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TITLE
Beinn Eighe in Winter
EXTERNAL ID
PC_JMSTRACHAN_205
PLACENAME
Beinn Eighe
DISTRICT
Lochcarron
OLD COUNTY/PARISH
ROSS
CREATOR
JM Strachan
SOURCE
J I R Martin
ASSET ID
29047
KEYWORDS
beinn eighe
torridon
snow
munro
Beinn Eighe in Winter

Beinn Eighe is one of the mountains of the Torridon area of the Highlands of Scotland. It forms a long ridge with many spurs and summits, two of which are classified as Munros. The name Beinn Eighe comes from the Scottish Gaelic meaning File Mountain.

One of the most famous features of Beinn Eighe is the corrie of Coire Mhic Fearchair, often simply known as the "triple buttress corrie" in view of the three large rock features the dominate the view. There are many rock climbs to be had on the buttresses, though walking routes also allow one to ascend to their tops from the head of the corrie.

The Northern side of Beinn Eighe is a National Nature Reserve, and has marked trails and a visitor centre. The reserve covers a mixture of open moorland, woodland and bogs, and is home to many creatures, including red deer, golden eagles and pine martens. Many rare plants are also to be found on the reserve.

Geologically, Beinn Eighe is unusual amongst the Torridon mountains in that its summit is not composed of Pre-Cambrian Torridonian Sandstone, but Cambrian basal quartzite. This gives it its familiar light coloured summit, which is a notable contrast to the other peaks in the area.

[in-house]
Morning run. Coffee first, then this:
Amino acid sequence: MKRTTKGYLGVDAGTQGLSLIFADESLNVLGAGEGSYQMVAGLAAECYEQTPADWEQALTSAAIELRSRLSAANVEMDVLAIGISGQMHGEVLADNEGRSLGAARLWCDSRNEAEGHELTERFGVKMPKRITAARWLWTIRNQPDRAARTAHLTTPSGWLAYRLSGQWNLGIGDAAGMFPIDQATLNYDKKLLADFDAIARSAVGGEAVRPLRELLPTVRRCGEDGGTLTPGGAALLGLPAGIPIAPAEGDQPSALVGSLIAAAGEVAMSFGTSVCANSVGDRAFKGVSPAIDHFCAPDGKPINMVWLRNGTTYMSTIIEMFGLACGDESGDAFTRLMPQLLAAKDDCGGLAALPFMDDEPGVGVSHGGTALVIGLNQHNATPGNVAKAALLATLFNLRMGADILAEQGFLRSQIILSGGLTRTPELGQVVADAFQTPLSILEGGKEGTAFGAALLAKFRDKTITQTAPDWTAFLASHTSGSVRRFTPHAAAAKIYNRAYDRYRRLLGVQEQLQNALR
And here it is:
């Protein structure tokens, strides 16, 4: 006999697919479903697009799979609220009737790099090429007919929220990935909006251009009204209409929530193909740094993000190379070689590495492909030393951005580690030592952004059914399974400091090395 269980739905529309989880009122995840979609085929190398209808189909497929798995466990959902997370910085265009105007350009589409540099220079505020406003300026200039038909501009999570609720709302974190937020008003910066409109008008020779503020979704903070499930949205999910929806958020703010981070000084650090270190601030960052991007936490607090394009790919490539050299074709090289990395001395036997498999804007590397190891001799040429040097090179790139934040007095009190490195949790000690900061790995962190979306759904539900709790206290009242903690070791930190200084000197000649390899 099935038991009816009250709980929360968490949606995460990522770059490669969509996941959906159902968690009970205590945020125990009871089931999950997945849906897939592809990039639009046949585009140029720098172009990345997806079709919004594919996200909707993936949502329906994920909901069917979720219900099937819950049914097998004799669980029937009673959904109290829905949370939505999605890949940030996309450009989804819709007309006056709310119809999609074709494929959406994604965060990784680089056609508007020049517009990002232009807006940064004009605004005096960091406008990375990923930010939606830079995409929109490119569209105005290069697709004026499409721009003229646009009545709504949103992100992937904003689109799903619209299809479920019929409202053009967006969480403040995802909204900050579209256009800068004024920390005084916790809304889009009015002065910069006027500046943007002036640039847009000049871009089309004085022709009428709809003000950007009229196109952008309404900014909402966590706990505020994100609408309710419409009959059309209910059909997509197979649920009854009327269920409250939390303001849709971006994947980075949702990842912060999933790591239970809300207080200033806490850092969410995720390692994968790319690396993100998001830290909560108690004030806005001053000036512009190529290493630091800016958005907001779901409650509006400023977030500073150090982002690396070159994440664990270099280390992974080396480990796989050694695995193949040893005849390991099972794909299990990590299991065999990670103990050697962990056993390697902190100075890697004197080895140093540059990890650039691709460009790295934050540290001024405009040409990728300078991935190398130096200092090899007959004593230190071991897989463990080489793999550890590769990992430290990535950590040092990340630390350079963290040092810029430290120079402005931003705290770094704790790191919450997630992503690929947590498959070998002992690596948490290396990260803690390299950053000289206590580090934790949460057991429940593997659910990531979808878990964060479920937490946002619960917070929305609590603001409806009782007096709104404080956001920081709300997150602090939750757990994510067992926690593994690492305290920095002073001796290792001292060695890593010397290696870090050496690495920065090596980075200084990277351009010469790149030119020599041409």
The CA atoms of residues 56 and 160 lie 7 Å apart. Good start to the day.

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Beinn Eighe in Winter

ROSS

beinn eighe; torridon; snow; munro

J I R Martin

Beinn Eighe is one of the mountains of the Torridon area of the Highlands of Scotland. It forms a long ridge with many spurs and summits, two of which are classified as Munros. The name Beinn Eighe comes from the Scottish Gaelic meaning File Mountain.<br /> <br /> One of the most famous features of Beinn Eighe is the corrie of Coire Mhic Fearchair, often simply known as the "triple buttress corrie" in view of the three large rock features the dominate the view. There are many rock climbs to be had on the buttresses, though walking routes also allow one to ascend to their tops from the head of the corrie.<br /> <br /> The Northern side of Beinn Eighe is a National Nature Reserve, and has marked trails and a visitor centre. The reserve covers a mixture of open moorland, woodland and bogs, and is home to many creatures, including red deer, golden eagles and pine martens. Many rare plants are also to be found on the reserve.<br /> <br /> Geologically, Beinn Eighe is unusual amongst the Torridon mountains in that its summit is not composed of Pre-Cambrian Torridonian Sandstone, but Cambrian basal quartzite. This gives it its familiar light coloured summit, which is a notable contrast to the other peaks in the area.